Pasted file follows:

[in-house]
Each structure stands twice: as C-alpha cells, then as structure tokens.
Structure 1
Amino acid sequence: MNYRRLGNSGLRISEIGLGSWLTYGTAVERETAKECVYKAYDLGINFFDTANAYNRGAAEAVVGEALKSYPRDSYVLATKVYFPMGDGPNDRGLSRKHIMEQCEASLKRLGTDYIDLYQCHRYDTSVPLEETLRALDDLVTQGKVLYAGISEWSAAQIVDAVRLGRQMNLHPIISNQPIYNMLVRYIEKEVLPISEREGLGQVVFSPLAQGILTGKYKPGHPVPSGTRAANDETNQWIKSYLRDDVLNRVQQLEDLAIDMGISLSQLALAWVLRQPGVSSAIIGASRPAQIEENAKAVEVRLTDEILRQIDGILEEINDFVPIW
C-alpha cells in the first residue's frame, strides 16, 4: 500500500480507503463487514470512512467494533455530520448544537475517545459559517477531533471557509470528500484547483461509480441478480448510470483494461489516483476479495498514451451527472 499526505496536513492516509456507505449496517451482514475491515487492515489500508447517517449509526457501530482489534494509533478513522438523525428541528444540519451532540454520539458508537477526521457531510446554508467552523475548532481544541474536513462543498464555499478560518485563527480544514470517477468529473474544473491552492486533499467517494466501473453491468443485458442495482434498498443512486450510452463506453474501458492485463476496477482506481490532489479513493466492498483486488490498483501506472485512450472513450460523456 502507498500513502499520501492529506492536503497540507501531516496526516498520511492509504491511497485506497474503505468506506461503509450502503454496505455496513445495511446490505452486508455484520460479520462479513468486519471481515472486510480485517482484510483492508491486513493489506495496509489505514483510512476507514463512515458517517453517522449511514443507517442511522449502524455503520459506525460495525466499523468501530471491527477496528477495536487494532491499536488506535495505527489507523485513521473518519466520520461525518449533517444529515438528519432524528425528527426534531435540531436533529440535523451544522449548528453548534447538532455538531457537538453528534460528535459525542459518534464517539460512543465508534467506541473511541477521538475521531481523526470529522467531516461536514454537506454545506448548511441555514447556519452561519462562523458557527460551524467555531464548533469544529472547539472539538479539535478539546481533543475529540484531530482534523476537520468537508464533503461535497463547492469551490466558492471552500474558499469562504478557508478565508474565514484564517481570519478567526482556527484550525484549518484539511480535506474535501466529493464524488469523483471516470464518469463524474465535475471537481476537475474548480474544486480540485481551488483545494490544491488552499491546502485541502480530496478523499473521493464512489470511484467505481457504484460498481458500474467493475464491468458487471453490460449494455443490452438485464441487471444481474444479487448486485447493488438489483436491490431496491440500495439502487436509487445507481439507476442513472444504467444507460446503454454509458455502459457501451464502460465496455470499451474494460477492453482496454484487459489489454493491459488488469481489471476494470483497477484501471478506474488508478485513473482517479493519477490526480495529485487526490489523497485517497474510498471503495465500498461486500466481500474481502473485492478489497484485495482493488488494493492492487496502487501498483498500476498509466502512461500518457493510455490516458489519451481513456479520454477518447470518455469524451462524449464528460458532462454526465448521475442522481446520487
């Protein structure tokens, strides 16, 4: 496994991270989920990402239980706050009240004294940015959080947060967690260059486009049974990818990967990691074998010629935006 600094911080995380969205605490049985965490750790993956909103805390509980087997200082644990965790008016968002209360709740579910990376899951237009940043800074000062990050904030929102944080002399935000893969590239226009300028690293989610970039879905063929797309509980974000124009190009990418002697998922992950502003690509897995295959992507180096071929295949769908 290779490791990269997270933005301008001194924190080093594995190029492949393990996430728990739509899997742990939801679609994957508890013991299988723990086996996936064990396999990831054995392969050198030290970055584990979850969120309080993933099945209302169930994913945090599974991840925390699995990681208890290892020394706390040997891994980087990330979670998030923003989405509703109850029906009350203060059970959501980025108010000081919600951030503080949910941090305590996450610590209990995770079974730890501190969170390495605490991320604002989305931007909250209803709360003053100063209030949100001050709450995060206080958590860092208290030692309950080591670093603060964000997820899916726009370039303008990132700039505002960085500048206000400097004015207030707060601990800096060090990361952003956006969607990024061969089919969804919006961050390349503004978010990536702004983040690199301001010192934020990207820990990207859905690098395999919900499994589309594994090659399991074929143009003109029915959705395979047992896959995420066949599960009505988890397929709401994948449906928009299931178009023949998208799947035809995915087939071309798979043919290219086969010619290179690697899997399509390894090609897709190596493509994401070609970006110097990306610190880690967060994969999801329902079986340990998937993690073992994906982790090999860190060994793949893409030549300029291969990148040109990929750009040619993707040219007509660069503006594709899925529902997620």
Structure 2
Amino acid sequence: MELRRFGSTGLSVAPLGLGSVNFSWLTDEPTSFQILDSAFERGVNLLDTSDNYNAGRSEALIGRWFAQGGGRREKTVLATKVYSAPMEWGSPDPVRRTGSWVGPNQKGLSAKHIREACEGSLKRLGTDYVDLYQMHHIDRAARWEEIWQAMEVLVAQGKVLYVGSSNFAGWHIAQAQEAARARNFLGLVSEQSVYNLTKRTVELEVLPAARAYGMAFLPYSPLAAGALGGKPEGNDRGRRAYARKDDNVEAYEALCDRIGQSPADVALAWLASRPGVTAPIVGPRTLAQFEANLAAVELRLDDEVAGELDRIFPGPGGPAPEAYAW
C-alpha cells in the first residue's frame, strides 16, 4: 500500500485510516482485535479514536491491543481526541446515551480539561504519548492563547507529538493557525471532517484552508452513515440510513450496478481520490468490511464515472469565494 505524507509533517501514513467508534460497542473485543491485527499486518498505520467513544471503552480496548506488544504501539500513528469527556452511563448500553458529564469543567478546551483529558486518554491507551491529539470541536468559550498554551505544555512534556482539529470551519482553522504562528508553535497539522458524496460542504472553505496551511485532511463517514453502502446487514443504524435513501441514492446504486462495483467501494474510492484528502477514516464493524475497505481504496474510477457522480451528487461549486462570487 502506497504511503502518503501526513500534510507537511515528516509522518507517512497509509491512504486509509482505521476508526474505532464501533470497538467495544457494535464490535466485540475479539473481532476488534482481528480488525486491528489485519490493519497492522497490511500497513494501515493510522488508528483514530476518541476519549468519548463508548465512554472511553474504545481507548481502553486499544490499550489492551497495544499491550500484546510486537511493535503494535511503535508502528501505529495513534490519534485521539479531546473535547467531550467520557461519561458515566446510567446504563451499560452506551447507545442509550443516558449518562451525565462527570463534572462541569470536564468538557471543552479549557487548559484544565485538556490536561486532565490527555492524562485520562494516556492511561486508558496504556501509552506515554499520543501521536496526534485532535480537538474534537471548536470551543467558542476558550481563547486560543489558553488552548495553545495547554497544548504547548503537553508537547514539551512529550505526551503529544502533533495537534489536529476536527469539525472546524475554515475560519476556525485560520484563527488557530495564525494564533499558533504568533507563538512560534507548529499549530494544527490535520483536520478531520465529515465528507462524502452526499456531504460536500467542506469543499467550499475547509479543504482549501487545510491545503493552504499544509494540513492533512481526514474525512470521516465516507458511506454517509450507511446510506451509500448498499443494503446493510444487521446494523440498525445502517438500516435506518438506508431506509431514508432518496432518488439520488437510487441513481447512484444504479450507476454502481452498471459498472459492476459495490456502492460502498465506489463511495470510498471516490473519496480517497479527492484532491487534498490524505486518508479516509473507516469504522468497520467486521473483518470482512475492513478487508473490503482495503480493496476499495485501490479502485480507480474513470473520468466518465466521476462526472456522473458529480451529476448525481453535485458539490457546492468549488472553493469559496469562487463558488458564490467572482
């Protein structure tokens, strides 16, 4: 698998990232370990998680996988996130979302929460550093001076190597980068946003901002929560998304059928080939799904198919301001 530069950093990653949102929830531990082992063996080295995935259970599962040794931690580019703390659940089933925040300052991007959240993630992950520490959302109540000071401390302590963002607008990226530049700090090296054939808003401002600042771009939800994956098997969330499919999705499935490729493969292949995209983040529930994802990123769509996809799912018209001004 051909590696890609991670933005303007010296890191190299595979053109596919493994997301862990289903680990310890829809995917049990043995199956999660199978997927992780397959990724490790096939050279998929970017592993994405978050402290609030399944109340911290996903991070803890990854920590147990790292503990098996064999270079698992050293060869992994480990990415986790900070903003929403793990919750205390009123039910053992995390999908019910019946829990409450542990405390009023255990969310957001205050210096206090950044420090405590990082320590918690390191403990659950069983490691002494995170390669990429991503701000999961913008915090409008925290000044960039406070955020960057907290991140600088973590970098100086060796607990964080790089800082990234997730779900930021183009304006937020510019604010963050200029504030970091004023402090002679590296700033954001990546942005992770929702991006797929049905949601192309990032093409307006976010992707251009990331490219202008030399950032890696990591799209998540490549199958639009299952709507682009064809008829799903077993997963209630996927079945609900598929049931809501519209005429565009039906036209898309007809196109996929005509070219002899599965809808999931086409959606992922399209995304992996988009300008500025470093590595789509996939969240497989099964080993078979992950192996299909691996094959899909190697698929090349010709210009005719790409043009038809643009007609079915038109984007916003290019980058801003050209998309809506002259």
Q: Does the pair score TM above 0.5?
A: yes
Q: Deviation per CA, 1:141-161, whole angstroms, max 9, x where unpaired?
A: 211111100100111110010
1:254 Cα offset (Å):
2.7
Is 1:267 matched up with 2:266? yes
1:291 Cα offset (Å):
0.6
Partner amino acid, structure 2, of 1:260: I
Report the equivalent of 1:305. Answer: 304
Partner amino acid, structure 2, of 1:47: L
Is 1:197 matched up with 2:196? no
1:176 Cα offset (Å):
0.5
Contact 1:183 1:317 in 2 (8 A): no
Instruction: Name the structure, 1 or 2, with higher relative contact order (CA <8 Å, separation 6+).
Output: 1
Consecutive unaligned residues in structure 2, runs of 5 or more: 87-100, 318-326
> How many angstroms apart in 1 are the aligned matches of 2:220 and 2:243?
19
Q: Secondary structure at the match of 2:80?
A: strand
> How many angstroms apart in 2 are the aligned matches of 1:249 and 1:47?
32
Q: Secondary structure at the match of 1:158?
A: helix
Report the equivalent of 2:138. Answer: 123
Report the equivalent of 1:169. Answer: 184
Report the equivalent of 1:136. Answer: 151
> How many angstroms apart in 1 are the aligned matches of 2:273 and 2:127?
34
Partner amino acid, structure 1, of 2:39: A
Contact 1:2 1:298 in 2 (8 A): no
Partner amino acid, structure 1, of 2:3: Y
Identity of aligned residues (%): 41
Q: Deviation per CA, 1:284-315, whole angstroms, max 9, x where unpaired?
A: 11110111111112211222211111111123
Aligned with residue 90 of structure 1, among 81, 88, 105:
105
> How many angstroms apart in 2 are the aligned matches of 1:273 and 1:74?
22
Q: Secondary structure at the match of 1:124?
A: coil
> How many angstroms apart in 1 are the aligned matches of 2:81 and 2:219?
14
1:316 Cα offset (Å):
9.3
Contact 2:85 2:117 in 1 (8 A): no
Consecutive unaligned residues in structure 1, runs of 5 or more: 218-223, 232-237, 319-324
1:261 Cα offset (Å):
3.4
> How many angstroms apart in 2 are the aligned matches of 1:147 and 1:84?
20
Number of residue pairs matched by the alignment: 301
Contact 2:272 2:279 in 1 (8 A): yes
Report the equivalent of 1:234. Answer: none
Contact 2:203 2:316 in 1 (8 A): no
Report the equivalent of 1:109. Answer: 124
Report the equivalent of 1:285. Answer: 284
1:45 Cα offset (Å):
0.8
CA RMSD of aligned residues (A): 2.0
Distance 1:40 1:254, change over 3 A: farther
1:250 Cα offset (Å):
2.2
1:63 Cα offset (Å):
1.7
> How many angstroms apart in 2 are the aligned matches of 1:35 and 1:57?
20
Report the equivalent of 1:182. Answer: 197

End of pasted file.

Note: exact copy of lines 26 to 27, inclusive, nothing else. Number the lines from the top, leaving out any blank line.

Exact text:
Contact 1:183 1:317 in 2 (8 A): no
Instruction: Name the structure, 1 or 2, with higher relative contact order (CA <8 Å, separation 6+).